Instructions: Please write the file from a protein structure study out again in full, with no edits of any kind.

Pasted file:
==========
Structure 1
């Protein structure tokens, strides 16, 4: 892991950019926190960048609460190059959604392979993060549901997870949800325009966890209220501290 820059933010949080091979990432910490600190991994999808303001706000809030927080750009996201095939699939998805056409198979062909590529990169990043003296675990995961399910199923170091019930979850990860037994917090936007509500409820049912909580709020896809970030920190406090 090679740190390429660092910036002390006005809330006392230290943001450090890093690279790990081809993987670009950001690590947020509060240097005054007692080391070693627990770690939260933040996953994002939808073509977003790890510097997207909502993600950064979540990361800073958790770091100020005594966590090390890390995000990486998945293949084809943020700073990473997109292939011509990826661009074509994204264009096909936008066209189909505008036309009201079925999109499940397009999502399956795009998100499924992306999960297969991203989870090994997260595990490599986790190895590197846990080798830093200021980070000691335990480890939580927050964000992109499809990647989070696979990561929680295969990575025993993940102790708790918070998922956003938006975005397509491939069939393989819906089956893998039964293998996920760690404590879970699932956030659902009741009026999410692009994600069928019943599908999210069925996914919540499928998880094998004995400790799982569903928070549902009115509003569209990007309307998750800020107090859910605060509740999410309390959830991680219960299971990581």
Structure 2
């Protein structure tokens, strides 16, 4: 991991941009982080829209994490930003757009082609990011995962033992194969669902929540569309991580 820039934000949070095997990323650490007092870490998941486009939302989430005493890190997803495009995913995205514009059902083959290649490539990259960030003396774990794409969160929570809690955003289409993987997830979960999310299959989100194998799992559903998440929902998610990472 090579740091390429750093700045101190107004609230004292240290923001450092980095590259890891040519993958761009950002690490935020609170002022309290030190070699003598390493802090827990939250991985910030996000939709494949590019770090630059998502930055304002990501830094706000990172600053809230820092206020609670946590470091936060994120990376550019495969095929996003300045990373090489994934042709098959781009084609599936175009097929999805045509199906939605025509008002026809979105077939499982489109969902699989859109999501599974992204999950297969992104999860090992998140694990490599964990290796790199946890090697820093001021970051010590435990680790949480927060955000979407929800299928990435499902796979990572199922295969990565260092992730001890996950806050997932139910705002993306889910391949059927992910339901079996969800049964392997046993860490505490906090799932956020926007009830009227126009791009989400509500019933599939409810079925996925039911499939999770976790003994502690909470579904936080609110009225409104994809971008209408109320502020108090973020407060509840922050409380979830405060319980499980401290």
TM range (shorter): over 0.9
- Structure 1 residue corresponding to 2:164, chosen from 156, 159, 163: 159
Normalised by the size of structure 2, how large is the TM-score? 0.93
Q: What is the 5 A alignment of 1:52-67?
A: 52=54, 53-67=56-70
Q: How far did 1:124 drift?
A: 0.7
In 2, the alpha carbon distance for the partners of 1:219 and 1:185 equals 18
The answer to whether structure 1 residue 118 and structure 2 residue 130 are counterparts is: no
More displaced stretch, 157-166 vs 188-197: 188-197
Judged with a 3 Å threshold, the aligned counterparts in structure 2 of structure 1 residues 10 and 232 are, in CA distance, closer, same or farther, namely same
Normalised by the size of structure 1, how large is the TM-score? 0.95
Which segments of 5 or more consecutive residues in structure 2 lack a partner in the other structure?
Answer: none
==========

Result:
Structure 1
């Protein structure tokens, strides 16, 4: 892991950019926190960048609460190059959604392979993060549901997870949800325009966890209220501290 820059933010949080091979990432910490600190991994999808303001706000809030927080750009996201095939699939998805056409198979062909590529990169990043003296675990995961399910199923170091019930979850990860037994917090936007509500409820049912909580709020896809970030920190406090 090679740190390429660092910036002390006005809330006392230290943001450090890093690279790990081809993987670009950001690590947020509060240097005054007692080391070693627990770690939260933040996953994002939808073509977003790890510097997207909502993600950064979540990361800073958790770091100020005594966590090390890390995000990486998945293949084809943020700073990473997109292939011509990826661009074509994204264009096909936008066209189909505008036309009201079925999109499940397009999502399956795009998100499924992306999960297969991203989870090994997260595990490599986790190895590197846990080798830093200021980070000691335990480890939580927050964000992109499809990647989070696979990561929680295969990575025993993940102790708790918070998922956003938006975005397509491939069939393989819906089956893998039964293998996920760690404590879970699932956030659902009741009026999410692009994600069928019943599908999210069925996914919540499928998880094998004995400790799982569903928070549902009115509003569209990007309307998750800020107090859910605060509740999410309390959830991680219960299971990581």
Structure 2
């Protein structure tokens, strides 16, 4: 991991941009982080829209994490930003757009082609990011995962033992194969669902929540569309991580 820039934000949070095997990323650490007092870490998941486009939302989430005493890190997803495009995913995205514009059902083959290649490539990259960030003396774990794409969160929570809690955003289409993987997830979960999310299959989100194998799992559903998440929902998610990472 090579740091390429750093700045101190107004609230004292240290923001450092980095590259890891040519993958761009950002690490935020609170002022309290030190070699003598390493802090827990939250991985910030996000939709494949590019770090630059998502930055304002990501830094706000990172600053809230820092206020609670946590470091936060994120990376550019495969095929996003300045990373090489994934042709098959781009084609599936175009097929999805045509199906939605025509008002026809979105077939499982489109969902699989859109999501599974992204999950297969992104999860090992998140694990490599964990290796790199946890090697820093001021970051010590435990680790949480927060955000979407929800299928990435499902796979990572199922295969990565260092992730001890996950806050997932139910705002993306889910391949059927992910339901079996969800049964392997046993860490505490906090799932956020926007009830009227126009791009989400509500019933599939409810079925996925039911499939999770976790003994502690909470579904936080609110009225409104994809971008209408109320502020108090973020407060509840922050409380979830405060319980499980401290």
TM range (shorter): over 0.9
- Structure 1 residue corresponding to 2:164, chosen from 156, 159, 163: 159
Normalised by the size of structure 2, how large is the TM-score? 0.93
Q: What is the 5 A alignment of 1:52-67?
A: 52=54, 53-67=56-70
Q: How far did 1:124 drift?
A: 0.7
In 2, the alpha carbon distance for the partners of 1:219 and 1:185 equals 18
The answer to whether structure 1 residue 118 and structure 2 residue 130 are counterparts is: no
More displaced stretch, 157-166 vs 188-197: 188-197
Judged with a 3 Å threshold, the aligned counterparts in structure 2 of structure 1 residues 10 and 232 are, in CA distance, closer, same or farther, namely same
Normalised by the size of structure 1, how large is the TM-score? 0.95
Which segments of 5 or more consecutive residues in structure 2 lack a partner in the other structure?
Answer: none